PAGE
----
GENEVA (1 March 2022) - UN human rights experts* today expressed serious concerns about the deteriorating human rights situation in the Indonesian provinces of Papua and West Papua, citing shocking abuses against indigenous Papuans, including child killings, disappearances, torture and mass displacement of people.
The experts called for urgent humanitarian access to the region, and urged the Indonesian Government to conduct full and independent investigations into abuses against the indigenous peoples.
"Between April and November 2021, we have received allegations indicating several instances of extrajudicial killings, including of young children, enforced disappearance, torture and inhuman treatment and the forced displacement of at least 5,000 indigenous Papuans by security forces," the experts said.
They said estimates put the overall number of displaced, since the escalation of violence in December 2018, at between 60,000 to 100,000 people.
"The majority of IDPs in West Papua have not returned to their homes due to the heavy security force presence and ongoing armed clashes in the conflict areas," the experts said. "Some IDPs live in temporary shelters or stay with relatives. Thousands of displaced villagers have fled to the forests where they are exposed to the harsh climate in the highlands without access to food, healthcare, and education facilities."
Apart from ad hoc aid deliveries, humanitarian relief agencies, including the Red Cross, have had limited or no access to the IDPs, they said. "We are particularly disturbed by reports that humanitarian aid to displaced Papuans is being obstructed by the authorities," the experts added.
"Severe malnutrition has been reported in some areas with lack of access to adequate and timely food and health services. In several incidents church workers have been prevented by security forces from visiting villages where IDPs are seeking shelter.
"Unrestricted humanitarian access should be provided immediately to all areas where indigenous Papuans are currently located after being internally displaced. Durable solutions must be sought."
Since late 2018, the experts have written to the Indonesian Government on a dozen occasions** about numerous alleged incidents. "These cases may represent the tip of the iceberg given that access to the region is severely restricted making it difficult to monitor events on the ground," they said.
They said the security situation in highland Papua had dramatically deteriorated since the killing of a high-ranking military officer by the West Papua National Liberation Army (TPN PB) in West Papua on 26 April 2021. The experts pointed to the shooting of two children, aged 2 and 6, on 26 October when bullets pierced their respective homes during a firefight. The 2-year-old later died.
"Urgent action is needed to end ongoing human rights violations against indigenous Papuans," the experts said, adding independent monitors and journalists must be allowed access to the region.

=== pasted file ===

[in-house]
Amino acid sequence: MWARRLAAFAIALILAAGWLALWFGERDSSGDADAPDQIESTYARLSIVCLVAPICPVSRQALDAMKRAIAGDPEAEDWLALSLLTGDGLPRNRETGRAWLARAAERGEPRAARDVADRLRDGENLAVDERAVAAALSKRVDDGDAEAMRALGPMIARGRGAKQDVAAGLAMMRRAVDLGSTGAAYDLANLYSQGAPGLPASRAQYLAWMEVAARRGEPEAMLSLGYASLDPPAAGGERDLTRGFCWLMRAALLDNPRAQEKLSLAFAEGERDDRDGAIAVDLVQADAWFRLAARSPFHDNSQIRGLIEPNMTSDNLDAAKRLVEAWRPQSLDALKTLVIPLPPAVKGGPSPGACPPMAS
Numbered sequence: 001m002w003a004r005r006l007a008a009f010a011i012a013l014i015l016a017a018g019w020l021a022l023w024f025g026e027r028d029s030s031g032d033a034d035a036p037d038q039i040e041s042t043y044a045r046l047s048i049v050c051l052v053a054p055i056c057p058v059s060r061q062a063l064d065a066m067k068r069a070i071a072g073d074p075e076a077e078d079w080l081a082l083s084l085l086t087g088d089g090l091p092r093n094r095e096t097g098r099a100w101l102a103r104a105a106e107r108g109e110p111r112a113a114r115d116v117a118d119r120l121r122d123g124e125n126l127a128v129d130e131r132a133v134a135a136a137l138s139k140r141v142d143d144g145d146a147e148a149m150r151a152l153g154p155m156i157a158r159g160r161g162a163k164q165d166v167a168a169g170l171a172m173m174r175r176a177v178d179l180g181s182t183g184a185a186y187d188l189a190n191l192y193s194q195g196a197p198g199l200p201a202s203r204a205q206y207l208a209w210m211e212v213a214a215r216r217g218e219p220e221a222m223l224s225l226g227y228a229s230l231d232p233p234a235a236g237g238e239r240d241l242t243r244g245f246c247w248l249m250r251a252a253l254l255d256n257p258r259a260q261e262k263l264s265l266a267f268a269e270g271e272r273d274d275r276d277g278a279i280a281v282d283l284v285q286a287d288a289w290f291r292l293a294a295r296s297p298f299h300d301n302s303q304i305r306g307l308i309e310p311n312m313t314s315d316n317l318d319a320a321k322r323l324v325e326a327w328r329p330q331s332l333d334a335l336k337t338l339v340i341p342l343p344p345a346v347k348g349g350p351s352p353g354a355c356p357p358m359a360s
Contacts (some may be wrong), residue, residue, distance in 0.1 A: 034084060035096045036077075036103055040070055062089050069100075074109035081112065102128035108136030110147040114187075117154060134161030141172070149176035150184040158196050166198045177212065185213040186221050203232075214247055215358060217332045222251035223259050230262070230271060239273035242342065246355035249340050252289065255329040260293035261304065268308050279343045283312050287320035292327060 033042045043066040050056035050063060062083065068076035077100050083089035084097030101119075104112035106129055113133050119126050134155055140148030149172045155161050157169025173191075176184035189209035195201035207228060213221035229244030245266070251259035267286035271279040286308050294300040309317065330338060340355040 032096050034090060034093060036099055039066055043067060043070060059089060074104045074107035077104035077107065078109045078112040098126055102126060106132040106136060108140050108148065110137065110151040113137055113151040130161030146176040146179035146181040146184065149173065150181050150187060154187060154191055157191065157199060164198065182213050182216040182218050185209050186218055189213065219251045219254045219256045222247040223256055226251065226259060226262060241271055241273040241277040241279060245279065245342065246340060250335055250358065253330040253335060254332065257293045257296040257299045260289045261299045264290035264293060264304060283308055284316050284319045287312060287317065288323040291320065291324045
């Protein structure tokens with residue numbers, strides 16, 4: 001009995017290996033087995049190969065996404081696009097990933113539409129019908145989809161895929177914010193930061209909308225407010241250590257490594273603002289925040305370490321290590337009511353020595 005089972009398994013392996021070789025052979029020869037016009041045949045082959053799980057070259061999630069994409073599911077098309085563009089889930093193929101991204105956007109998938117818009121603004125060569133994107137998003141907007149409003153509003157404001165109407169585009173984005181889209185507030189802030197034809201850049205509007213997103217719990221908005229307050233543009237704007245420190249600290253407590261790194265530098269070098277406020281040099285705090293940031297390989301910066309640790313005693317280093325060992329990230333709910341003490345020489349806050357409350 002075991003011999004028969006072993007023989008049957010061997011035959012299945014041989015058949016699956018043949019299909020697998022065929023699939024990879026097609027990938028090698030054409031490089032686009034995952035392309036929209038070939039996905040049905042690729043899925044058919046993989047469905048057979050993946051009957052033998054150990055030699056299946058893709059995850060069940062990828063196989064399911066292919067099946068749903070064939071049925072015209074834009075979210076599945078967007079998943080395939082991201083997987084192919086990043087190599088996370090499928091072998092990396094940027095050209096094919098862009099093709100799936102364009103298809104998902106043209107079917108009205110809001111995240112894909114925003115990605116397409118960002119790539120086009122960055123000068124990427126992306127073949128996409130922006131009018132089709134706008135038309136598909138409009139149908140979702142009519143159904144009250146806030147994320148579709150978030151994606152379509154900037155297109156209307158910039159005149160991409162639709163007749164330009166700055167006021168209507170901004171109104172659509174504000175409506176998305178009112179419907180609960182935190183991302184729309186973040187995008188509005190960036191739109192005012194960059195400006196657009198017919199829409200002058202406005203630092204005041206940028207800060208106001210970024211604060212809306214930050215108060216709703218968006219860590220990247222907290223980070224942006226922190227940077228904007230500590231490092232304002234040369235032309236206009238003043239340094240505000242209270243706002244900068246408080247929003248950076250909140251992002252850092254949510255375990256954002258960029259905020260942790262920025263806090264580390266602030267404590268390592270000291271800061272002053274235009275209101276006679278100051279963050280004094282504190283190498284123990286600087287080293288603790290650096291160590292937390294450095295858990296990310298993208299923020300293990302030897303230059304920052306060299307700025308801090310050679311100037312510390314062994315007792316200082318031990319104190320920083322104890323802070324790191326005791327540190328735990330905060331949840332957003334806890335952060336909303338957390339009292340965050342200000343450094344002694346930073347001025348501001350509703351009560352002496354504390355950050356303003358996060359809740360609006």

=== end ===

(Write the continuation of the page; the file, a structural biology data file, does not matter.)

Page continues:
"Steps should include ensuring all alleged violations receive thorough, prompt and impartial investigations. Investigations must be aimed at ensuring those responsible, including superior officers where relevant, are brought to justice. Crucially lessons must be learned to prevent future violations."
The experts have again raised their concerns with the Government and they acknowledge the Government sent a reply to the allegations letter AL IDN 11/2021.
** Latest letter AL IDN 11/2021 and previous letters sent to the Government regarding alleged violations in West Papua: IDN 4/2021 (reply 09 Apr 2021), IDN 2/2021 (reply 22 Mar 2021), IDN 4/2020 (reply 15 Sep 2020), IDN 5/2020 (reply 20 Jan 2021), IDN 2/2020 (reply 09 Jul 2020), IDN 7/2019 (12 Sep 2019), IDN 6/2019 (reply 04 Apr 2019), IDN 3/2019 (08 Mar 2019) and IDN 7/2018(14 Dec 2018). Allegations of forced displacement of indigenous were also raised in IDN 1/2020(reply 01 Jul 2020), IDN 8/2019 (reply 21 Nov 2019 and 14 Feb 2020) and IDN 6/2019 (reply 04 Apr 2019).
* The experts: Francisco Cali Tzay, Special Rapporteur on the rights of indigenous peoples, Morris Tidball-Binz, Special Rapporteur on extrajudicial, summary or arbitrary executions, Cecilia Jimenez-Damary, Special Rapporteur on the Human Rights of Internally Displaced Persons.
The Special Rapporteurs are part of what are known as the Special Procedures of the Human Rights Council. The Special Procedures, the largest body of independent experts in the UN human rights system, is the general name for the Council's independent investigative and monitoring mechanisms that deal with specific country situations or thematic issues in all parts of the world. Special Procedures experts work on a voluntary basis; they are not UN staff and do not receive a salary for their work. They are independent of any government or organisation and serve in their individual capacity.
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